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Portsmouth unveils plans to bring Tour de France back to South Coast

Hampshire city in discussions for joint bid with Caen in Normandy plus Brittany Ferries

The Tour de France could be heading back to Portsmouth for the second time in the race's history under plans revealed by the leader of the Hampshire city’s council for a joint bid with twin city Caen in Normandy and shipping line Britanny Ferries.

According to Portsmouth News, preliminary discussions have already been held about bidding to host part of the 2018 edition of the race, which visited the city in 1994. 

In that year, Portsmouth hosted the start and finish of Stage 5, the second of two stages on the south coast, with the previous day seeing the peloton ride from Dover to Brighton.

The race transferred onto British soil via the newly opened Channel Tunnel, with Brittany Ferries the official partner for the sea transfer back to the French port of St Malo.

Leader of Portsmouth City Council, Donna Jones, told Portsmouth news: “It would bring millions to Portsmouth and project images of Portsmouth around the world.

“It will reinforce confidence that Portsmouth is a changing place that’s aiming really high and has high aspirations for itself.

“What we need to be doing is sending a message to local businesses and any business thinking of relocating that Portsmouth is the place to be.

She continued: “I would expect given the success of the Tour de France that visitor numbers would be higher on the south coast as we are only a few hours away from France.

“I would expect the boost to the local economy would be well in excess of £100 million.”

That’s the same amount that Yorkshire was expecting to benefit from through hosting last year’s Grand Départ, suggesting securing the opening days of the race is Portsmouth’s target.

Portsmouth will be hosting America’s Cup World Series yacht racing over the next two years, and Councillor Jones added: “This would be another exciting event in our calendar.”

Brittany Ferries group commercial director, Mike Bevens, said: “We’ve enjoyed positive early discussions with Portsmouth City Council regarding working together and the feasibility of bringing the Tour de France to Portsmouth.

“We are looking forward to taking these discussions further and assessing the viability of this project.

“Brittany Ferries has a long association of working with this iconic race; when it last came to Portsmouth in 1994 we had the honour of being the official sea carrier.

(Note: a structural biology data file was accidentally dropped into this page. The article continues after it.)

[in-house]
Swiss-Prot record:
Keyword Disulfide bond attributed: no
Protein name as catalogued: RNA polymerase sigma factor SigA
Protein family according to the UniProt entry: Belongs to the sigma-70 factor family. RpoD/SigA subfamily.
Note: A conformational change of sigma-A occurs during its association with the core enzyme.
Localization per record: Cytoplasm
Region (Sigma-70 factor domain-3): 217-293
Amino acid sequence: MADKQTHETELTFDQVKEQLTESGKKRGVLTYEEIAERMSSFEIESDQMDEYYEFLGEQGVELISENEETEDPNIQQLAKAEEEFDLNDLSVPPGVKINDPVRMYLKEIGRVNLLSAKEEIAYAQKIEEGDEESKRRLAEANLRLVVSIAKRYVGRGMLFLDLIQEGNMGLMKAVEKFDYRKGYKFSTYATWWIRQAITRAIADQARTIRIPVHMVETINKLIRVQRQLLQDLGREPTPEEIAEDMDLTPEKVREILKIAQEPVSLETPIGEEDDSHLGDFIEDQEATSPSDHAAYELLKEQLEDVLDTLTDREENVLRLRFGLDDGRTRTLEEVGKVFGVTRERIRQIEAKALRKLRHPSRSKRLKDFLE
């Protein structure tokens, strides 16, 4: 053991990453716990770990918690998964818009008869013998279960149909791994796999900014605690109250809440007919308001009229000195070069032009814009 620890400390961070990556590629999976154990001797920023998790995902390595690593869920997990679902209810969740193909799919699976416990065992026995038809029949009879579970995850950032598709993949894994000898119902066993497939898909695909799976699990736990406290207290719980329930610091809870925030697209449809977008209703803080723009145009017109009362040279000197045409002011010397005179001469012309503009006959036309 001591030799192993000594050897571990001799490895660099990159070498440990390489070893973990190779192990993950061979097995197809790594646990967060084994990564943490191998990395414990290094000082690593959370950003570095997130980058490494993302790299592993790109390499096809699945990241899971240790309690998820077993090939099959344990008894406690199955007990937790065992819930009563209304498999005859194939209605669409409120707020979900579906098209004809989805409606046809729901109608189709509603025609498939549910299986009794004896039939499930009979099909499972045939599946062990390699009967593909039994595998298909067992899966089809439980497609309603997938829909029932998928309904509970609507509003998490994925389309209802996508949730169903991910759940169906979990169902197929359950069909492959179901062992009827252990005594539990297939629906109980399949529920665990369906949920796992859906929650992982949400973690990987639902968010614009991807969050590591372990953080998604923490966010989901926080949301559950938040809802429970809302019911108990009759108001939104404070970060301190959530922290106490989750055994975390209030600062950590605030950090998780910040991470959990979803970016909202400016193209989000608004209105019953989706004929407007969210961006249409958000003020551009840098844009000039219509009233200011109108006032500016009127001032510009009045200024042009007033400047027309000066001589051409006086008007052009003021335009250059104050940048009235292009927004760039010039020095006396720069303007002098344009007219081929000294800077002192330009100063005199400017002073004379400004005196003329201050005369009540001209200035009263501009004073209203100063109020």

“The British love affair with race cycling is at an all-time high following the London Olympics and 2014 Tour stages in the north of England and London.

‘We think it’s high time that the race returned to Portsmouth and look forward to playing our part.”

Councillor Jones said she believed that bringing the race back to Portsmouth could also help boost cycling as a means of transport there.

“It’s about trying to make Portsmouth an accessible city from a cycling perspective,” she explained.

“It’s about helping people’s health and getting them fitter, easing congestion and improving the air quality and bringing down pollution levels.

“Having the Tour de France here, I can see people who haven’t cycled for 30 years going out on their bikes because of how inspired they would be by this amazing event.”

According to Portsmouth News, the council will hold meetings with its opposite numbers in Caen and Brittany Ferries in the coming weeks to draw up detailed proposals including a cost-benefit analysis before presenting a preliminary bid to race organisers, ASO.

The success of last year’s Tour de France has led to renewed interest elsewhere in the UK to bringing the race back here.

Edinburgh – which lost out to Yorkshire in staging the start of last year’s race – is looking at bidding again, while Newcastle and Gateshead councils have both said they would back a bid from the north east of England.

Simon joined as news editor in 2009 and is now the site’s community editor, acting as a link between the team producing the content and our readers. A law and languages graduate, published translator and former retail analyst, he has reported on issues as diverse as cycling-related court cases, anti-doping investigations, the latest developments in the bike industry and the sport’s biggest races. Now back in London full-time after 15 years living in Oxford and Cambridge, he loves cycling along the Thames but misses having his former riding buddy, Elodie the miniature schnauzer, in the basket in front of him.

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